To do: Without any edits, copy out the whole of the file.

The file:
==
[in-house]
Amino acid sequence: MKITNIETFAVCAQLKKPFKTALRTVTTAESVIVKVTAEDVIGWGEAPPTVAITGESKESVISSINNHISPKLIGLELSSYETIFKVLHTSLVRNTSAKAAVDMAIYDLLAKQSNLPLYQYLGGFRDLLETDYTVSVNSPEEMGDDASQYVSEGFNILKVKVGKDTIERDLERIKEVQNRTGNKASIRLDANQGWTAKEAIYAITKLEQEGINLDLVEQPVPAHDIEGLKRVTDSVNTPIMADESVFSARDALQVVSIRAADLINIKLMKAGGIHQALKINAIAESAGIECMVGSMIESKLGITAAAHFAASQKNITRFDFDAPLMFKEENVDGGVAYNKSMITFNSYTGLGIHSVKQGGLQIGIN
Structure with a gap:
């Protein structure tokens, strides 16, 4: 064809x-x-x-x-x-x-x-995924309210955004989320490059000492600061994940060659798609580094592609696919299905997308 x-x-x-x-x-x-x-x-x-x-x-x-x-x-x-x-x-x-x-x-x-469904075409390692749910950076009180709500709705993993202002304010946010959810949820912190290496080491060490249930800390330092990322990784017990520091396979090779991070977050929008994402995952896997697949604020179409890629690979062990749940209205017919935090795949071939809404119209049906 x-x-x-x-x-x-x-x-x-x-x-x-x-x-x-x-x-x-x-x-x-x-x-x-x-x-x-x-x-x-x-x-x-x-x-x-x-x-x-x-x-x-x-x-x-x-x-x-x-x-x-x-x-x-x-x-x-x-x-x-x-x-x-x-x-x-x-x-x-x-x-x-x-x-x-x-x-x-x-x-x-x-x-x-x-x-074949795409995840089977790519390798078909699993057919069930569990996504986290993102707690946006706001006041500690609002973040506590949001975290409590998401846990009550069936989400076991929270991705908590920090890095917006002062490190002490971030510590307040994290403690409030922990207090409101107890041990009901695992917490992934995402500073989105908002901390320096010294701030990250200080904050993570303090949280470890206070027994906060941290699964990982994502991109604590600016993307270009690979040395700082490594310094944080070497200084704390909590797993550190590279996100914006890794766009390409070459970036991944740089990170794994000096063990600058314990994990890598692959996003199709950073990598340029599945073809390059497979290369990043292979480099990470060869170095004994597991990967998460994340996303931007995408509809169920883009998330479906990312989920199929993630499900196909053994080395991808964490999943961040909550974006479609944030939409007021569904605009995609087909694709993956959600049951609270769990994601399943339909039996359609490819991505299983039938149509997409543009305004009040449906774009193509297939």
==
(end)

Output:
[in-house]
Amino acid sequence: MKITNIETFAVCAQLKKPFKTALRTVTTAESVIVKVTAEDVIGWGEAPPTVAITGESKESVISSINNHISPKLIGLELSSYETIFKVLHTSLVRNTSAKAAVDMAIYDLLAKQSNLPLYQYLGGFRDLLETDYTVSVNSPEEMGDDASQYVSEGFNILKVKVGKDTIERDLERIKEVQNRTGNKASIRLDANQGWTAKEAIYAITKLEQEGINLDLVEQPVPAHDIEGLKRVTDSVNTPIMADESVFSARDALQVVSIRAADLINIKLMKAGGIHQALKINAIAESAGIECMVGSMIESKLGITAAAHFAASQKNITRFDFDAPLMFKEENVDGGVAYNKSMITFNSYTGLGIHSVKQGGLQIGIN
Structure with a gap:
């Protein structure tokens, strides 16, 4: 064809x-x-x-x-x-x-x-995924309210955004989320490059000492600061994940060659798609580094592609696919299905997308 x-x-x-x-x-x-x-x-x-x-x-x-x-x-x-x-x-x-x-x-x-469904075409390692749910950076009180709500709705993993202002304010946010959810949820912190290496080491060490249930800390330092990322990784017990520091396979090779991070977050929008994402995952896997697949604020179409890629690979062990749940209205017919935090795949071939809404119209049906 x-x-x-x-x-x-x-x-x-x-x-x-x-x-x-x-x-x-x-x-x-x-x-x-x-x-x-x-x-x-x-x-x-x-x-x-x-x-x-x-x-x-x-x-x-x-x-x-x-x-x-x-x-x-x-x-x-x-x-x-x-x-x-x-x-x-x-x-x-x-x-x-x-x-x-x-x-x-x-x-x-x-x-x-x-x-074949795409995840089977790519390798078909699993057919069930569990996504986290993102707690946006706001006041500690609002973040506590949001975290409590998401846990009550069936989400076991929270991705908590920090890095917006002062490190002490971030510590307040994290403690409030922990207090409101107890041990009901695992917490992934995402500073989105908002901390320096010294701030990250200080904050993570303090949280470890206070027994906060941290699964990982994502991109604590600016993307270009690979040395700082490594310094944080070497200084704390909590797993550190590279996100914006890794766009390409070459970036991944740089990170794994000096063990600058314990994990890598692959996003199709950073990598340029599945073809390059497979290369990043292979480099990470060869170095004994597991990967998460994340996303931007995408509809169920883009998330479906990312989920199929993630499900196909053994080395991808964490999943961040909550974006479609944030939409007021569904605009995609087909694709993956959600049951609270769990994601399943339909039996359609490819991505299983039938149509997409543009305004009040449906774009193509297939």